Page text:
PMW 2021-062 by Kenneth L. Gentry, Jr.
In my last article I began considering the distinctive approach to the millennium in the postmillennial view, and as over against amillennialism. Though amillennialism and postmillennialism are closely related, they are distinct.
So now: What is the postmillennial outlook? Why is it called post-millennial? And what are its expectations?
Postmillennialism teaches that Christ will return to earth after a long era of gospel progress and worldwide righteousness. As the gospel wins greater influence the world will witness a long era of social stability, economic development, and international peace.
The basic structure of the postmillennial hope is as follows:
First, Christ came into the world in the first century and established his kingdom, the Messianic kingdom prophesied in the Old Testament. We are in that kingdom now (the “millennium,” if you will) (Luke 17:20–21; Col 1:13).
Second, he confronted and defeated Satan while on earth, through his ministry, death, burial, resurrection, and ascension. Satan is bound from deceiving the nations, so that they are open to the power of the gospel (Matt 12:28–29; Rev 20:3).
Three Views on the Millennium and Beyond
(ed. by Darrell Bock)
Presents three views on the millennium: progressive dispensationalist, amillennialist, and reconstructionist postmillennialist viewpoints. Includes separate responses to each view.
See more study materials at: www.KennethGentry.com
Third, he gave the marching orders for his kingdom in the “Great Commission.” This commission is great because it is established on his grant of “all authority,” he command to “make disciples of all the nations,” his directive for us to teach the nations “all that I commanded you,” and his promise that “I am with you always, even to the end of the age” to get it done (Matt 28:18–20).
Fourth, he promised to bless his kingdom with growth, likening it to a mustard seed that begins incredibly small but results in a tree that dominates the garden; and comparing it to leaven that leavens the entire bushel (Matt 13:31–33).
Fifth, the world will eventually be converted, becoming a “Christianized” world. At the height of Christ’s kingdom’s development the overwhelming majority of men will be born-again of God’s grace which will lead them a peaceable, worldwide kingdom (Isa 11:9; John 3:17).
Sixth, at the end of history after a long era of gospel victory, Christ will return bodily, visibly, and gloriously (Acts 1:9–11). He will raise the dead in a general resurrection (John 5:29; Acts 24:15) and will conduct the final judgment (Acts 17:31; Rom 2:5–6). He will then end world history and establish the consummate order resulting in a physical new creation (2 Pet 3:10–13).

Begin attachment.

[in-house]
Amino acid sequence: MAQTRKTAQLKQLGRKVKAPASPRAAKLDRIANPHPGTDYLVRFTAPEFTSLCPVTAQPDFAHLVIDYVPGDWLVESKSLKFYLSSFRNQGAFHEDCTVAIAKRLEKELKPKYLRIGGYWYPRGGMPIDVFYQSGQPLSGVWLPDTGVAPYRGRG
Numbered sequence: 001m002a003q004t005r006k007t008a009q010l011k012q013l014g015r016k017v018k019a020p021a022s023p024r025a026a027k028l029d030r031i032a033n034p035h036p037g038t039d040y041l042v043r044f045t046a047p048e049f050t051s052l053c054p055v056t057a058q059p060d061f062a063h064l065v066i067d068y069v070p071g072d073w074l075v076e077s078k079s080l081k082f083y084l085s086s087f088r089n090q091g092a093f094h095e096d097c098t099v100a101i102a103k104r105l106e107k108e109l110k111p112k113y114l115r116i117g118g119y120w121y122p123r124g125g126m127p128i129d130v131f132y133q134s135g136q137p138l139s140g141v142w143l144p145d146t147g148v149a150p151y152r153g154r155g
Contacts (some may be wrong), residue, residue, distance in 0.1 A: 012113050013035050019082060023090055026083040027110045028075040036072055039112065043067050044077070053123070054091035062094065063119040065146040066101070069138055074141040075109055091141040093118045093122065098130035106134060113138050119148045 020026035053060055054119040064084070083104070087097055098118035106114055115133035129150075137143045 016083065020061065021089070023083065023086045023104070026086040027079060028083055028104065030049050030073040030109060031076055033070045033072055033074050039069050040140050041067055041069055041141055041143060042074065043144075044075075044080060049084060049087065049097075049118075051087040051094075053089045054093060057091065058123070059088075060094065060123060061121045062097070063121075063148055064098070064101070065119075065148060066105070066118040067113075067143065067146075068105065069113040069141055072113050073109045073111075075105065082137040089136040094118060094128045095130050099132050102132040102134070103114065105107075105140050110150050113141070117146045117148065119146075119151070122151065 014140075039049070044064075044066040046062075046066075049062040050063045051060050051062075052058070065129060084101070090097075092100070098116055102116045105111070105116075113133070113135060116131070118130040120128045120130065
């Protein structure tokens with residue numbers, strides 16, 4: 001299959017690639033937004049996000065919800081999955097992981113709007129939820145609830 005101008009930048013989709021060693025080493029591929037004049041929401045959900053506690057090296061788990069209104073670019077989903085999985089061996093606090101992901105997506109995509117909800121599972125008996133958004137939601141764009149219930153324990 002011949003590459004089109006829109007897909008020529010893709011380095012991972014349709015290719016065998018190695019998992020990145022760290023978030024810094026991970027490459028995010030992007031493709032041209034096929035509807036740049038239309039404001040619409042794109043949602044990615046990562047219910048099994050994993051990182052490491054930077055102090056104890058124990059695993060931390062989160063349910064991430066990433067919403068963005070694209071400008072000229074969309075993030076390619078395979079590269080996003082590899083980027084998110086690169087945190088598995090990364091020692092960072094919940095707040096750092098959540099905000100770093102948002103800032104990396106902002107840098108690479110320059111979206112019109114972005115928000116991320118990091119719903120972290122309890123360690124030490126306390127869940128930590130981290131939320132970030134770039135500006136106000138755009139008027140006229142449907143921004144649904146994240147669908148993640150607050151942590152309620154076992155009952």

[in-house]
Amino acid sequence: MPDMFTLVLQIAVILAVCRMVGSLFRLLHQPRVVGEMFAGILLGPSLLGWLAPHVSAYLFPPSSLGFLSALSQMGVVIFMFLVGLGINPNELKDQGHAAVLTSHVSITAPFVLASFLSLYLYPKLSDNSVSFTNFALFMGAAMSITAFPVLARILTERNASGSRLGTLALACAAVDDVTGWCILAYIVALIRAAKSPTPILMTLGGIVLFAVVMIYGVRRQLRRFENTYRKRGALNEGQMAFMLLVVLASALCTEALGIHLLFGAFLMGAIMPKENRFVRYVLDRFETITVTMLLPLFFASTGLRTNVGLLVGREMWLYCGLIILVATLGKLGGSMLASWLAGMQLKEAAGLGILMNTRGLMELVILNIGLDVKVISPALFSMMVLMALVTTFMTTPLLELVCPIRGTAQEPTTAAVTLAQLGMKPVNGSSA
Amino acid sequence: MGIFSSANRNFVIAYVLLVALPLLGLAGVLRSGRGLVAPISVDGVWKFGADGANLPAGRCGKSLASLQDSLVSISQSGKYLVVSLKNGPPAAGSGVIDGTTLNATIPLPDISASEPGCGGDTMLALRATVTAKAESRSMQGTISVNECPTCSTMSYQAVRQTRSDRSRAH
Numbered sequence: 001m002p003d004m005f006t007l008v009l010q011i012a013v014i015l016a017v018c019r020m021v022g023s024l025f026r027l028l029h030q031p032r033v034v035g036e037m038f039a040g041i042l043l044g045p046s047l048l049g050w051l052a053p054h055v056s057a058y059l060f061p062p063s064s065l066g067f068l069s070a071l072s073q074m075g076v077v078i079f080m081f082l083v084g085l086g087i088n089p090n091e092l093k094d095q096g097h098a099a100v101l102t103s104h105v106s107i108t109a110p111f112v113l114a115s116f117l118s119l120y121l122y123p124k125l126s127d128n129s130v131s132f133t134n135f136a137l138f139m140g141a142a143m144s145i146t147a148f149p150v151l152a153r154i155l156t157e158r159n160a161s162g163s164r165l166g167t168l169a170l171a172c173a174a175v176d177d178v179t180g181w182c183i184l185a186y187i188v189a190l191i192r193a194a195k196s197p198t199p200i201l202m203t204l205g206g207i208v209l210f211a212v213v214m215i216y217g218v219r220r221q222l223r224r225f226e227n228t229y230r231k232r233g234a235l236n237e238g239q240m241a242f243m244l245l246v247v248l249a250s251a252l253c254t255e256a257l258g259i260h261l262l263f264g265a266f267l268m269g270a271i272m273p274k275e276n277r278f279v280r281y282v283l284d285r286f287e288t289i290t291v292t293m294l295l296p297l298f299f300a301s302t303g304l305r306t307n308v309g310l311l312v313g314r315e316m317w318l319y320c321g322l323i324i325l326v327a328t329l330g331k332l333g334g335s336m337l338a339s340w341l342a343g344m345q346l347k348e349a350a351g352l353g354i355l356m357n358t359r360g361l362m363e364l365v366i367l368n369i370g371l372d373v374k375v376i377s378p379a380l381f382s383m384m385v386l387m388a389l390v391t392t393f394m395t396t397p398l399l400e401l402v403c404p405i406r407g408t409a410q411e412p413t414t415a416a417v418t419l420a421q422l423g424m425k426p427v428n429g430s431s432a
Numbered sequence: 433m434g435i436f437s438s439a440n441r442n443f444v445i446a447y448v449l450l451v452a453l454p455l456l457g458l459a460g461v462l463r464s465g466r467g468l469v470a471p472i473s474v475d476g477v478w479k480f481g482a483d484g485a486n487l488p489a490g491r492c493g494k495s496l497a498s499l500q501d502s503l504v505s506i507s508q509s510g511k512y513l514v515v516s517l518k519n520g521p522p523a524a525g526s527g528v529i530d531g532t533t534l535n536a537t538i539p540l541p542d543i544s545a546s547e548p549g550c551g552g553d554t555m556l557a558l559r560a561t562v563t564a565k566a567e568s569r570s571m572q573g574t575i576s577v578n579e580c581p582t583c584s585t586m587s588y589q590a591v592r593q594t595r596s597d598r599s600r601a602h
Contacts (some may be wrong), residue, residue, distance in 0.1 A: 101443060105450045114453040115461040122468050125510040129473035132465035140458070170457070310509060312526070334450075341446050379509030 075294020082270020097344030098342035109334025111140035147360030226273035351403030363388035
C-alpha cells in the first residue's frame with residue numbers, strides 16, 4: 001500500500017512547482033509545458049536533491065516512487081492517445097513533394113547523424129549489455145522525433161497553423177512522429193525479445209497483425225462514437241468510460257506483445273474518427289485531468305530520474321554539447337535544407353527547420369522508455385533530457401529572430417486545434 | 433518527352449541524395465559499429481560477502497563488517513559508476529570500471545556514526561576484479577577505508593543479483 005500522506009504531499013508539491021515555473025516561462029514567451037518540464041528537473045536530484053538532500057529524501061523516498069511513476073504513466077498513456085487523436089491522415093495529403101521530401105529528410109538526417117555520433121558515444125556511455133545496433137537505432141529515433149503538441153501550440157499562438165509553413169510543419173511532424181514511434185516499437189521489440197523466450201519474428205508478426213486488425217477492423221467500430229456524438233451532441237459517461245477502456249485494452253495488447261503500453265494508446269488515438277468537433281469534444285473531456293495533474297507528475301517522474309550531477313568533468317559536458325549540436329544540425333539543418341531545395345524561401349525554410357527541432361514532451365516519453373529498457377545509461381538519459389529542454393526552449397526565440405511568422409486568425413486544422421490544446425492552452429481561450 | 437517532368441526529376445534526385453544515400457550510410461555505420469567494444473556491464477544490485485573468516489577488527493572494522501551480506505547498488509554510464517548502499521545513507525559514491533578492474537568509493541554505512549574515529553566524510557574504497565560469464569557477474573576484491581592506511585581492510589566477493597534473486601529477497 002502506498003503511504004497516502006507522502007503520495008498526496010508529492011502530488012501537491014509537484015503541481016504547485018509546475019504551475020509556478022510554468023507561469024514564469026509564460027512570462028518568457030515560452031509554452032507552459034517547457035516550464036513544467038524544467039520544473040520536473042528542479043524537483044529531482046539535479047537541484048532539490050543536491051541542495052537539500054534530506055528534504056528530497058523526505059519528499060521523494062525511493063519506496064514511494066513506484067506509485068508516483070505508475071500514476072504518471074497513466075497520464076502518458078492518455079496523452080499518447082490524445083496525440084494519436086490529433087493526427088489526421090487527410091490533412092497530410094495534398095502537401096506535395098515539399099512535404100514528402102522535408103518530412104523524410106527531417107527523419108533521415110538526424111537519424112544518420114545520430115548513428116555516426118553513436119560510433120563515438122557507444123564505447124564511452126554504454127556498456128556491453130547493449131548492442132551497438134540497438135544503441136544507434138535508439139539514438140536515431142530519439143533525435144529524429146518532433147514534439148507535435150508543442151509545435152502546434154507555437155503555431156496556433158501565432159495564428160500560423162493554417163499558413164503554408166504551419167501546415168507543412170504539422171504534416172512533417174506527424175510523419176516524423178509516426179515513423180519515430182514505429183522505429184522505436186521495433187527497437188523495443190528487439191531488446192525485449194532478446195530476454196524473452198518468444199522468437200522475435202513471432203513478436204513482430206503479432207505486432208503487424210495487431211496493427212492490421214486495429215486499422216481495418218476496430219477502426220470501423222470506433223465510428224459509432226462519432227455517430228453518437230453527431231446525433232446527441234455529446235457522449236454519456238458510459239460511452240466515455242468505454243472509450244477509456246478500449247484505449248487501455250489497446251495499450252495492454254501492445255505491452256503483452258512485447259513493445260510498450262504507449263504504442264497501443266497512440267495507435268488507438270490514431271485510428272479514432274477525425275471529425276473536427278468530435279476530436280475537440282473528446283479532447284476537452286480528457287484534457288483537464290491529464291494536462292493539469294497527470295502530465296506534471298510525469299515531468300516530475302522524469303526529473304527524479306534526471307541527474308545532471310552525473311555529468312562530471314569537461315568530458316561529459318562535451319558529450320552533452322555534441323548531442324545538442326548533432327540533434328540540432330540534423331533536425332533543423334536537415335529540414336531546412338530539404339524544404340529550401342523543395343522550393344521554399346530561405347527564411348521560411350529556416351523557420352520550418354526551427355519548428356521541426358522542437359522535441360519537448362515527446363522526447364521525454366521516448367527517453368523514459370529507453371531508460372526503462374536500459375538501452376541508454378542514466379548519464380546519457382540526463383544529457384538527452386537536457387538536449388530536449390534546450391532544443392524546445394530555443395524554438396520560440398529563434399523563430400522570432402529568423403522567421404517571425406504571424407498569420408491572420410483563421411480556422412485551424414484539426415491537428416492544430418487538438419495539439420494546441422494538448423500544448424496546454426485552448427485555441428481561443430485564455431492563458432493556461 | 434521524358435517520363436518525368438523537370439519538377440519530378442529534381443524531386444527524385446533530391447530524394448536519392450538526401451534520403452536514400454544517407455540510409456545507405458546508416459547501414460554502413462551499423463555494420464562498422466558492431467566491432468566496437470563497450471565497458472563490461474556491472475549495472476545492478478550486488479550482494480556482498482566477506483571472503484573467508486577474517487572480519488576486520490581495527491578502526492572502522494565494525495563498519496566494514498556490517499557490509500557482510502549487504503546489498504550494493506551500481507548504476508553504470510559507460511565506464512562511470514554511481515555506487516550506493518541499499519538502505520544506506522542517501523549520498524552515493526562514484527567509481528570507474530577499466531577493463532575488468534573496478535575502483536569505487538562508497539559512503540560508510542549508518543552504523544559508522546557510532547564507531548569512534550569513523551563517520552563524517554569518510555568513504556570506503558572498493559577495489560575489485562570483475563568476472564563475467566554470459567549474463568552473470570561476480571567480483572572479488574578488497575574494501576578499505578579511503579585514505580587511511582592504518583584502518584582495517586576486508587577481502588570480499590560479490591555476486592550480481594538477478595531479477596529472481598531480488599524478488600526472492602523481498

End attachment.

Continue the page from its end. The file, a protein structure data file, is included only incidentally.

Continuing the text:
Thus, postmillennialism teaches that Christ wins the victory in history, before he returns (hence, it is post-millennial). It offers believers the optimistic prospect of earthly victory and historical hope. In fact, postmillennialism is the only evangelical eschatological system that is historically optimistic. Of course, all evangelical systems are optimistic in believing that Christ ultimately wins the victory: premillennialists at his coming when he establishes the earthly millennium; amillennialists at his coming when he ends history by defeating Satan and setting up the eternal order.
When Shall These Things Be?
(ed. by Keith Mathison)
A reformed response to the aberrant HyperPreterist theolgy.
Gentry’s chapter critiques HyperPreterism from an historical and creedal perspective.
See more study materials at: www.KennethGentry.com
But what I mean by claiming that postmillennialism is the only eschatological system that offers historical hope is: it is the only system offering hope within the continuous, unfolding history in which we presently live. It offers a distinctive hope in three important senses:
First, as systems of gospel proclamation, both amillennialists and premillennialists do not expect a majority influence for the gospel. Whereas postmillennialists believe that the gospel will win the victory in the historical program under which we now live.
Second, as systems of historical understanding, amillennialists and premillennialists expect that history will decline into irresistible chaos and upheaval. Whereas postmillennialists believe that history is moving toward a time of great righteousness and prosperity under the gospel.
Third as systems of evangelistic discipleship, postmillennialists train Christians for wide-scale, cultural, social, and political success in the world.
But now: why do we believe in large-scale historical progress? Obviously in one article I cannot cover the entire biblical argument. In fact, in my 600 page He Shall Have Dominion I even had to cut short the full argument. So I will only briefly highlight why we believe such. I will focus on one Old Testament prophecy, a few verses in Jesus’ teaching, and one important passage in Paul.
(To be continued.)
This is a fine, concise summary/definition of postmillennialism. The Bible verses are especially welcome. I believe that it’s worth repeating and expanding upon, especially by your readers and other thoughtful Christians.
Thank you Dr. Gentry!